Our GDPR Commitment
Last updated 21 September 2021
This document is designed to help Checkealos customers and users understand, and where applicable, comply, with the General Data Protection Regulation (“GDPR”). The GDPR is the most significant change to European data privacy legislation in the last 20 years and went into effect on May 15, 2018.
GDPR is designed to give European Union (“EU”) citizens more control over their data and seeks to unify a number of existing privacy and security laws under one comprehensive law.
Checkealos has made information security and data privacy foundational principles of everything we do, and we recognize the importance of adhering to regulations to advance information security and data privacy for citizens of the EU.
We appreciate that our customers have requirements under the GDPR that are directly impacted by their use of our Services. Below are several GDPR initiatives that have been implemented across our Services:
- Investment in security – We’ve increased our investment in security. This includes implementing dependency vulnerability detection, improved auditing and logging across all services, new internal security policies, staff security training, improved password and secret management, stronger password policies, and more.
- Employee training – We ensure our team are trained in handling customer data and personal information, and that they maintain the confidentiality and security of that data.
- Updated terms – We have updated the structure and language used in all of our terms and policies to more clearly communicate what information we collect, what we use it for, who we share it with, what your rights are, and more.
- Data Processing Agreement – We support the EU’s Standard Contractual Clauses through a Data Processing Agreement that you can sign and return to us.
- Data subprocessors – We list all of our third party Data subprocessors and share information on what we use them for and where they are located.
- Data portability – We’ve improved our data export features so customers may export customer data and personal information in a machine-readable format at any time.
International data transfers
We offer customers a robust international data transfer framework as a part our Data Processing Agreement (“DPA”). This addendum ensures that our customers can lawfully transfer personal data to our Services outside of the European Economic Area by relying on the Standard Contractual Clauses. Our DPA also contains specific provisions to assist customers in their compliance with the GDPR.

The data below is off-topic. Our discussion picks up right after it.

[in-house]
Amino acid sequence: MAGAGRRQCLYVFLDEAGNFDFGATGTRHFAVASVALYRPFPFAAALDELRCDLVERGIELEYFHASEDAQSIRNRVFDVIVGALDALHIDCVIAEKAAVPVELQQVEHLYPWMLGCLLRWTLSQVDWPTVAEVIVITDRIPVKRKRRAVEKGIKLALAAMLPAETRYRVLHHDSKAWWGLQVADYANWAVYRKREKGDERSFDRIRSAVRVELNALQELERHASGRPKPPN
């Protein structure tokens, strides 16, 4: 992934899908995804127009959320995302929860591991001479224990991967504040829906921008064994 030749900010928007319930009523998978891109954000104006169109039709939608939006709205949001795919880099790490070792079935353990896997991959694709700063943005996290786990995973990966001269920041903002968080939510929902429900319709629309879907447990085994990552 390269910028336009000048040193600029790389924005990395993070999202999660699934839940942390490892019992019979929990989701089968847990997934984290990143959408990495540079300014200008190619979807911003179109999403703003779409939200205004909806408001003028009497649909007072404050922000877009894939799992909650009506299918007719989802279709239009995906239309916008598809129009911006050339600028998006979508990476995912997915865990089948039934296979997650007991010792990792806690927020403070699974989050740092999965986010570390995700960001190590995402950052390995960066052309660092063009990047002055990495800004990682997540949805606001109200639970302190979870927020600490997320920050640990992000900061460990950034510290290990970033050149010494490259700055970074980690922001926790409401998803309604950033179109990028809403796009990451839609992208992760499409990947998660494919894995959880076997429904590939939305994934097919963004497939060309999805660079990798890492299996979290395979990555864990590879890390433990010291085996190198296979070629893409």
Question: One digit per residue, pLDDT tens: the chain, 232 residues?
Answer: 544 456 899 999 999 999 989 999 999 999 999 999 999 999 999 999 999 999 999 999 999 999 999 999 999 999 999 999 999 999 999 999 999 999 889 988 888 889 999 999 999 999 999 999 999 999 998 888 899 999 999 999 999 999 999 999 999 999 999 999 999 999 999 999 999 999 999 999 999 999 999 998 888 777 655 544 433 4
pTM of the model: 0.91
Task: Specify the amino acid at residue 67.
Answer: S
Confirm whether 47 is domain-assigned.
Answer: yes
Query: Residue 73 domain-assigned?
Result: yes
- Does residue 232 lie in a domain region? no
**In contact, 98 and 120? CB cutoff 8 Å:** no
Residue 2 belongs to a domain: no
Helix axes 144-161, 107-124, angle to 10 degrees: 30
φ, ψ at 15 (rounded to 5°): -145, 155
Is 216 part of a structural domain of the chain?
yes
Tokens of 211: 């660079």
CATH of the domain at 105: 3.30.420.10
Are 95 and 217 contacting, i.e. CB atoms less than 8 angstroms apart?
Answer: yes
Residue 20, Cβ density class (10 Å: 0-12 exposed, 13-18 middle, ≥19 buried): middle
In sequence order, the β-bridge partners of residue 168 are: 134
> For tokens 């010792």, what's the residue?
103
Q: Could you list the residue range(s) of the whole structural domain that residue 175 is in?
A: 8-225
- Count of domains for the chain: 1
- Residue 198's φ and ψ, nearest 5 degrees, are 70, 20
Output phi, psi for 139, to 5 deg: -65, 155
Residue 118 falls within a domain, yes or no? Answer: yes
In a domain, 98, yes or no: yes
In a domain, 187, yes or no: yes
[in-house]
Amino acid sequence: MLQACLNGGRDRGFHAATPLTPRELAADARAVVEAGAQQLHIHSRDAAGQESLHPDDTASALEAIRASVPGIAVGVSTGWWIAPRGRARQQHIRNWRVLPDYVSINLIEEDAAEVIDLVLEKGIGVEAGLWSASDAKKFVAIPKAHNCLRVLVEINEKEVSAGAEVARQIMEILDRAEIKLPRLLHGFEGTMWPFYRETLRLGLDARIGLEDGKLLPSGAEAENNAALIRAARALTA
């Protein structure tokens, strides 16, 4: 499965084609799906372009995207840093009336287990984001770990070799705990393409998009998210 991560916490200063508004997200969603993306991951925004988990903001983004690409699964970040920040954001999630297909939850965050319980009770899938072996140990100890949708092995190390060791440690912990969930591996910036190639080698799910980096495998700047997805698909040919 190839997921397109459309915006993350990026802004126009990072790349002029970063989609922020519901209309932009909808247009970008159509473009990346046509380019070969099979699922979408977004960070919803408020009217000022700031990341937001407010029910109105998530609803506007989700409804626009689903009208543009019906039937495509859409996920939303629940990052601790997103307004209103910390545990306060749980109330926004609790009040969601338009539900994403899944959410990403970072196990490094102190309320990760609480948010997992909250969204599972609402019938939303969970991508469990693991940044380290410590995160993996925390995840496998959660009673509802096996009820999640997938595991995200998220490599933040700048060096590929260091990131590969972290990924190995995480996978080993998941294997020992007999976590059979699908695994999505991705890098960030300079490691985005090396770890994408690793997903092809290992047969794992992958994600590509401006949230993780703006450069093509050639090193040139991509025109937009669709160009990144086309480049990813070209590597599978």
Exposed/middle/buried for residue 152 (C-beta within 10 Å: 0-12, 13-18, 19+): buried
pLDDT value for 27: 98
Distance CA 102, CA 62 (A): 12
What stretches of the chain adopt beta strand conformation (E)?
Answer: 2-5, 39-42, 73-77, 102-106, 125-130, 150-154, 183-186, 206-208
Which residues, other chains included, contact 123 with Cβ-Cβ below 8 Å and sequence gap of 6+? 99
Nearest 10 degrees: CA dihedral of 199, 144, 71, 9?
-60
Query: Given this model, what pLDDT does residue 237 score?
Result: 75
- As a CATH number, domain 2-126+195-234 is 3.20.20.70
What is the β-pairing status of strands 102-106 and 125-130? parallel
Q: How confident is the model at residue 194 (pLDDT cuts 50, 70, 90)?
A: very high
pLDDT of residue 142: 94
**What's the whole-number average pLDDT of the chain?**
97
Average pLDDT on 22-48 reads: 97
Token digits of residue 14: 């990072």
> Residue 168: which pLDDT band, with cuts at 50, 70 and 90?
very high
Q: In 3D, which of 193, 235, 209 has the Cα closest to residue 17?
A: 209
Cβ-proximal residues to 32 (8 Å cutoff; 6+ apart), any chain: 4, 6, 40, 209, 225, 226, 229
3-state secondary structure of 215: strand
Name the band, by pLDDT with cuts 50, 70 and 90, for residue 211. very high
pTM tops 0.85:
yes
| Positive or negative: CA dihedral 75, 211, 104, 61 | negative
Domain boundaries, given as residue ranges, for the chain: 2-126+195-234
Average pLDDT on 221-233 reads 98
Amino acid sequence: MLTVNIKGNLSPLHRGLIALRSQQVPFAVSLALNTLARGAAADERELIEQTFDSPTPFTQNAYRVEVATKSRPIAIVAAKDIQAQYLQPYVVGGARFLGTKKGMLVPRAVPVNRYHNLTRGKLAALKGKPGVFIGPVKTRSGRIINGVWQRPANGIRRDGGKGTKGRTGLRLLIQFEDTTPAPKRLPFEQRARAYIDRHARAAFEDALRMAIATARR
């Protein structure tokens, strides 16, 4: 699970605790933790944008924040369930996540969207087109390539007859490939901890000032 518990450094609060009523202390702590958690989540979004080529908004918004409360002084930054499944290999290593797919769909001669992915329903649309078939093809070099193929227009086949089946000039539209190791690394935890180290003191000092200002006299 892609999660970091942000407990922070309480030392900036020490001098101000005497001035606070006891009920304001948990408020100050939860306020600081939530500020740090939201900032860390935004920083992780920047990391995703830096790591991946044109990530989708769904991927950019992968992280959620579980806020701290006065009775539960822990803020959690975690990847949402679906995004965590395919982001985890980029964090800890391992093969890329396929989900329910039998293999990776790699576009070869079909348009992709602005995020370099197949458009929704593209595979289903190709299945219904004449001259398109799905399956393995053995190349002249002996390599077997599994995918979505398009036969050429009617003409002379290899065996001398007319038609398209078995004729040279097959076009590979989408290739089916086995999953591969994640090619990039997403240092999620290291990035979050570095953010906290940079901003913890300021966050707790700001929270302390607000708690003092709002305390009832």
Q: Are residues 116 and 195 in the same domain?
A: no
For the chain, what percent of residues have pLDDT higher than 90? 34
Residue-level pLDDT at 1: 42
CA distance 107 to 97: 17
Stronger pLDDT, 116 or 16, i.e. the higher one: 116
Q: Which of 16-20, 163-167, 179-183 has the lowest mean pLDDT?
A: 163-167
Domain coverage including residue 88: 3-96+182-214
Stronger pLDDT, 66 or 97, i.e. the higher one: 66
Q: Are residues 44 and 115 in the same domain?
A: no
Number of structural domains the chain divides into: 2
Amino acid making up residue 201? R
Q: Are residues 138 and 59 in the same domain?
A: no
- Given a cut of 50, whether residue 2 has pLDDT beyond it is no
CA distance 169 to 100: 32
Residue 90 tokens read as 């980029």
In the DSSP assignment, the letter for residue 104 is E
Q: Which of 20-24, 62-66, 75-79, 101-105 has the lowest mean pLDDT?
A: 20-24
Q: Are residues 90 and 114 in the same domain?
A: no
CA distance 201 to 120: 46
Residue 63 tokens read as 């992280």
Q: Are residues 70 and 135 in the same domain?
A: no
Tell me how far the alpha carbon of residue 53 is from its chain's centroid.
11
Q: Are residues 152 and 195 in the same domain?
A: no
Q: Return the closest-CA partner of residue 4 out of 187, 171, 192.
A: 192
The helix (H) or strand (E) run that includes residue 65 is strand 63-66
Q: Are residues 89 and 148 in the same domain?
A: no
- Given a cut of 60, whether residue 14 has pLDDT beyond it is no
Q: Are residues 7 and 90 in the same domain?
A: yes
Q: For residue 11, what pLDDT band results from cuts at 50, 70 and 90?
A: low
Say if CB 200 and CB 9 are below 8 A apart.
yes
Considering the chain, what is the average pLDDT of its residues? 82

We appreciate that we are entrusted with valuable and sometimes sensitive user research data, which is why we have built security into every layer of our architecture, pursuing a ‘privacy by design’ approach to the design and development of our Services.
Our application is built on world-class, modern cloud infrastructure designed to ensure the safety of your data. We have carefully chosen proven third party cloud providers that have a great security track record, and we employ best practices including regular backups, data encryption, sanitized logging, and common attack prevention.
Data portability and right to be forgotten
We help you honor your customers’ requests to export their data. Checkealos provides data portability and data management tools for exporting product and user data. Read more about exporting data from Checkealos.
We also help customers meet obligations under the GDPR ‘right to be forgotten’ (or ‘right to erasure’) clause by making it easy to request the deletion of personal data from Checkealos.
Privacy and consent
Spain’s Organic Law on Data Protection and Guarantee of Digital Rights and the GDPR
As a Spain-based business, our information security and data privacy practices and policies are already guided by Spanish law, namely the Organic Law on Data Protection and Guarantee of Digital Rights.
The GDPR and the Organic Law on Data Protection and Guarantee of Digital Rights include some similar requirements. Both laws foster transparent information handling practices and business accountability, to give individuals confidence that their privacy is being protected. Both laws require businesses to implement measures that ensure compliance with a set of privacy principles, and both take a ‘privacy by design’ approach to compliance..
The following resources might prove useful: